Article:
COURT REPORTING IN COLUMBUS AND ACROSS OHIO

Remote Depositions, Real Time Reporting, and Legal Videography in Columbus, Ohio

The History of Court Reporters’ Secret Weapon

​Information and graphics presented by stenograph.com

In 1877, the world of court reporting was forever changed by the first shorthand machine (or stenograph). Learn more about how court reporting technology has evolved over the past 150 years by continuing reading.

The Stenograph Shorthand Machine (1877)

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Miles Bartholomew (nicknamed the “Father of the Stenograph”) invented the first shorthand machine in 1877. Ten keys could be depressed one at a time to create a series of dots and dashes similar to Morse code. This was the first machine to be regularly successfully used in the court reporting field.

Anderson Shorthand Typewriter (1889)

Image titleCreated by George Kerr Anderson. This shorthand machine had the first keyboard that allowed two or more of its keys to be pressed at the same time. Unlike Bartholomew’s machine, this typewriter used English characters instead of code, which allowed words and symbols to be written.

Ireland Stenotype Shorthand Machine (1911)

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The Universal Stenotype Company made waves with their new machine that was a whole 40 pounds lighter than its predecessor! This was the first stenograph with a totally depressible keyboard, which gave reporters the ability to write numbers and words phonetically with fewer strokes. Business colleges began including instruction of this stenograph in their curriculums.

Master Model Stenotype (1914)

Image titleThis machine was also invented by the Universal Stenotype Company, and now weighed only six pounds instead of eleven. Unfortunately, the Universal Stenotype Company went bankrupt during World War I. 

1927 LaSalle Stenotype

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The “Master Model Four” used a two-spool ribbon system. The company did well under M.H. Wright, but unfortunately, the Great Depression cut its life short, and the court reporting profession also slowed down until the end of the 1930’s.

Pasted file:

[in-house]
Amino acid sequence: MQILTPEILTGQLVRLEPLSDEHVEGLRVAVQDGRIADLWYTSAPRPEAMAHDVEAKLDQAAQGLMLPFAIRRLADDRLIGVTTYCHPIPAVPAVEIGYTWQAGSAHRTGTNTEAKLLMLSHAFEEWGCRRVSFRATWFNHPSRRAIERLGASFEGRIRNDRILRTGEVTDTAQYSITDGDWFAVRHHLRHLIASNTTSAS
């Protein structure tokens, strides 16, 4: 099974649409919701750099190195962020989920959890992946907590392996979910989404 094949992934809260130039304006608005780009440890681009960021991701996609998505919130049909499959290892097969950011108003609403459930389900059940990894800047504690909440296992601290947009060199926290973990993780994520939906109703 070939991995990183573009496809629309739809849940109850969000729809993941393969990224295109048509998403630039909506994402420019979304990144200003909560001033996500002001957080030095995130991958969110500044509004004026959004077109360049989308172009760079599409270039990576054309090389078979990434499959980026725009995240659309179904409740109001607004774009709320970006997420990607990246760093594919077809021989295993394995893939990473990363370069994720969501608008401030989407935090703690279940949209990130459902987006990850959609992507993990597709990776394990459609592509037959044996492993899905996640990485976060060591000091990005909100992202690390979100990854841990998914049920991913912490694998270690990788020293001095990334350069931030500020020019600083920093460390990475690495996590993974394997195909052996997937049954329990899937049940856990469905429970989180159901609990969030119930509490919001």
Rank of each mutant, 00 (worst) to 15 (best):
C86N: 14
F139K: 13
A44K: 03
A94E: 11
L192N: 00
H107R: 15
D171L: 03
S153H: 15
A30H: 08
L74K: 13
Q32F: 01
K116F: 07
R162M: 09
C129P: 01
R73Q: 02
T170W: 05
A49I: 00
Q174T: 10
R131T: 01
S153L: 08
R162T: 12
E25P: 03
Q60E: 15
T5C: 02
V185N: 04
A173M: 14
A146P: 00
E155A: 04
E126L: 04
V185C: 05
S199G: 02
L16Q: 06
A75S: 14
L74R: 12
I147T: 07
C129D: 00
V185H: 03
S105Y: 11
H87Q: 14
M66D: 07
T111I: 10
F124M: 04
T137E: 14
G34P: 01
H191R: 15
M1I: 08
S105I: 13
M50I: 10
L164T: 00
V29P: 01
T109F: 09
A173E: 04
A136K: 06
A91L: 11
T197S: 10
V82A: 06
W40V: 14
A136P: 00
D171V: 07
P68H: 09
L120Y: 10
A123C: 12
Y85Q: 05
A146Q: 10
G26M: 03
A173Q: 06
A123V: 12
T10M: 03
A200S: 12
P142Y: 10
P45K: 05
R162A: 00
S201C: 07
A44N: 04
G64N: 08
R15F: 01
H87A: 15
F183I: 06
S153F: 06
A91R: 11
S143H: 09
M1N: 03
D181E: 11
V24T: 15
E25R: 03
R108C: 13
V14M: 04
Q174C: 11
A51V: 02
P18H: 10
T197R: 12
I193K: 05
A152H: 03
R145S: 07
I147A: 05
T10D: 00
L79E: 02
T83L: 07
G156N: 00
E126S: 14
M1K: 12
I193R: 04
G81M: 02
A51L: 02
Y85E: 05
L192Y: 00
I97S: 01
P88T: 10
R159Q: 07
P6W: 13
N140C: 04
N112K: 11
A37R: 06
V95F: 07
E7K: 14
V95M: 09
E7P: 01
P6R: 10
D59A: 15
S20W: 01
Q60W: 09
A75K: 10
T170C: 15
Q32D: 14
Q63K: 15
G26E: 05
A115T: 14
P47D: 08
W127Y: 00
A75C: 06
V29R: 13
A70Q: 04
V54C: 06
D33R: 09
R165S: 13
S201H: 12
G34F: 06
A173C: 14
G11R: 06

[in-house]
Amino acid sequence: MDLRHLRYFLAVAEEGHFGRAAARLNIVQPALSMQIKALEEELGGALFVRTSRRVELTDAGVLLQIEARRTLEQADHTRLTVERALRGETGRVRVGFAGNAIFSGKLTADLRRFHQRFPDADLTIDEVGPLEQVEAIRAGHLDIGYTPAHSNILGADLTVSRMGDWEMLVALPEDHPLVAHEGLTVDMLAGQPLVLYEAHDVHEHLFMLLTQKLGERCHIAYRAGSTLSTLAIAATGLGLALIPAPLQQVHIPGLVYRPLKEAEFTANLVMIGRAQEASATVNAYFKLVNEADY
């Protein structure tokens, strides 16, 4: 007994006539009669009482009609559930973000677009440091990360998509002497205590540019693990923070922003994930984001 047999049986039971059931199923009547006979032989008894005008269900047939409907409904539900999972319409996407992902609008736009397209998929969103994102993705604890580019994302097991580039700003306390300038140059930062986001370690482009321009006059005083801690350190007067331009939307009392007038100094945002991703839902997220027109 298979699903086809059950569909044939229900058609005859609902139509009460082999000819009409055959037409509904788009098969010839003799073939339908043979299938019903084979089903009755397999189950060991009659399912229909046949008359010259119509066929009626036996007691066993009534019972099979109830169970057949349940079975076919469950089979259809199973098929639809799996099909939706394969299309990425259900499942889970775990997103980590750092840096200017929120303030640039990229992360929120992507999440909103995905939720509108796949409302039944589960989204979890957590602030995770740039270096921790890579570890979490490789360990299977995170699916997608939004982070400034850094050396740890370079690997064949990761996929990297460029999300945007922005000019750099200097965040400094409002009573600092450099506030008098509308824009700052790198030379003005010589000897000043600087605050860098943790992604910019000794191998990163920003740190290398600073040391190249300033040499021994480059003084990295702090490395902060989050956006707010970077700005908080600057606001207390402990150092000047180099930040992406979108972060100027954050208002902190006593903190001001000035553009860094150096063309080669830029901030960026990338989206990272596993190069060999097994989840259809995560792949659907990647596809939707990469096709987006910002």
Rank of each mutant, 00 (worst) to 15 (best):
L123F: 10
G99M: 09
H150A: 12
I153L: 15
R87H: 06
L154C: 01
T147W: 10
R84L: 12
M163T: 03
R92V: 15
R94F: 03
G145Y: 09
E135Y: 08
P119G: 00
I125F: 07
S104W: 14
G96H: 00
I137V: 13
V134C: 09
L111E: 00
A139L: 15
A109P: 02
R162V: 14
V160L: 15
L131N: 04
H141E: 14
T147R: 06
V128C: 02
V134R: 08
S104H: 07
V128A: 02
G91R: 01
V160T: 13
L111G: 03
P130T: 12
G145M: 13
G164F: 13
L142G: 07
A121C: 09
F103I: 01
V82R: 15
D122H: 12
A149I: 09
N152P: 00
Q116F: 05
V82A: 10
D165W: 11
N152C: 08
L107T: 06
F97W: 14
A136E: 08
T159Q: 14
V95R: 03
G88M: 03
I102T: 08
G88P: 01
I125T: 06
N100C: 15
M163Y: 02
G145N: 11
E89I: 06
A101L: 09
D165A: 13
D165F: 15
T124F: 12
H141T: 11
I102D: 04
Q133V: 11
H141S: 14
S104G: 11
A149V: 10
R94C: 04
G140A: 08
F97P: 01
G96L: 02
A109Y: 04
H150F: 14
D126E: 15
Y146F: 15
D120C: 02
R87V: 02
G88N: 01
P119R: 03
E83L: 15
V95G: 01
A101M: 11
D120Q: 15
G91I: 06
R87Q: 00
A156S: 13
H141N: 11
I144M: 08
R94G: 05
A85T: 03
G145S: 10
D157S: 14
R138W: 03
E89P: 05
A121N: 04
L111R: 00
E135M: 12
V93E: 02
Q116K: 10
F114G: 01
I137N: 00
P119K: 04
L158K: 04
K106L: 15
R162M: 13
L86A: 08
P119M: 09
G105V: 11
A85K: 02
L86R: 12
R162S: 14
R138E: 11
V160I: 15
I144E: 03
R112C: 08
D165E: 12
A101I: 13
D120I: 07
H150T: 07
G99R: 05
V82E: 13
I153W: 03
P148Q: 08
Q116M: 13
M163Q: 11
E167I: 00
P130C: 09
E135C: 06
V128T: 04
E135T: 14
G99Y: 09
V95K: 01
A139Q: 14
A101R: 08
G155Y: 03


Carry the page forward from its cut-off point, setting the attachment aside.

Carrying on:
Stenograph Shorthand Machine

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The Secretarial Model used a single 11-inch ribbon. The Secretarial held 100 folds of paper, and the Reporter model held 300. It was known for being dependable and quiet.

Stenograph Data Writer (1963)

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 This model encoded a magnetic tape with machine notes for computer transcription. Its organ-type switches assured good contact and transmission with minimum key pressure. In 1963 it could be attached to a cable connected to a separate tape recorder. By 1970, cartridge was used instead, and by 1974 cassettes were used.

1982 Stenograph Machine

This iteration was the first to have a plastic shell, or casing, which made the machine more durable. 

1987 SmartWriter

Now in the emerging digital age, the SmartWriter had the ability to encode machine notes on a floppy disk. It was considered state-of-the-art technology for its time– that is, until the next machine came along.

1992 Stenograph Stentura Series

The Stentura was the first machine that featured instantaneous, realtime translation onto an LCD screen. It could be shown either in English, or Steno. 

2001 élan Cybra

The élan Cybra was all important for transcriptionists, captioners, and CART reporters. It is paperless, inkless, ribbon-less, and greaseless.  In 2006, a new version was introduced that included an optional wireless feature and was specifically designed for realtime transfer.

2003 élan Mira Series

The Mira added the ability to flip the LCD screen upward for easier viewing, and featured Audiosync® OTG – on the go!, a USB port for writing realtime, and a DB9 serial port for use with wireless Bluetooth. This quickly became the standard machine for court reporting.

2005 Stentura Protégé Student

The Stentura Protégé was designed specifically for students. It features a USB and serial connectivity, as well as optional wireless realtime.

2005 Stentura élan Mira Student

This machine was also designed students with students in mind, and was known as the “paperless writer for students.” It features the same technology as the professional version, but in a limited fashion at a student price. 

2006 Stentura Fusion

The Stentura Fusion replaced the Stentura LX. The key feature of this machine is its ability to use paper, or to be paperless. Other improvements include compatibility with SD cards, recording live testimony using AudioSync OTG – on the go!, USB and DB9 ports, and battery status display.

2009 The Diamante

The Diamante’s TrueStroke® technology was leaps above any other steno-machines for speed and accuracy. It features a vibrant flat-panel display, two SD cards, two USB ports, microphone and headset jacks for AudioSync, and optional Bluetooth or WiFi realtime translation. 

2015 The Luminex

The Luminex features innovative technology and software. Duel key channels keep keys in alignment, and chrome plated key levers reduce friction and provide smoother action. The TrueStroke technology results in cleaner steno notes.

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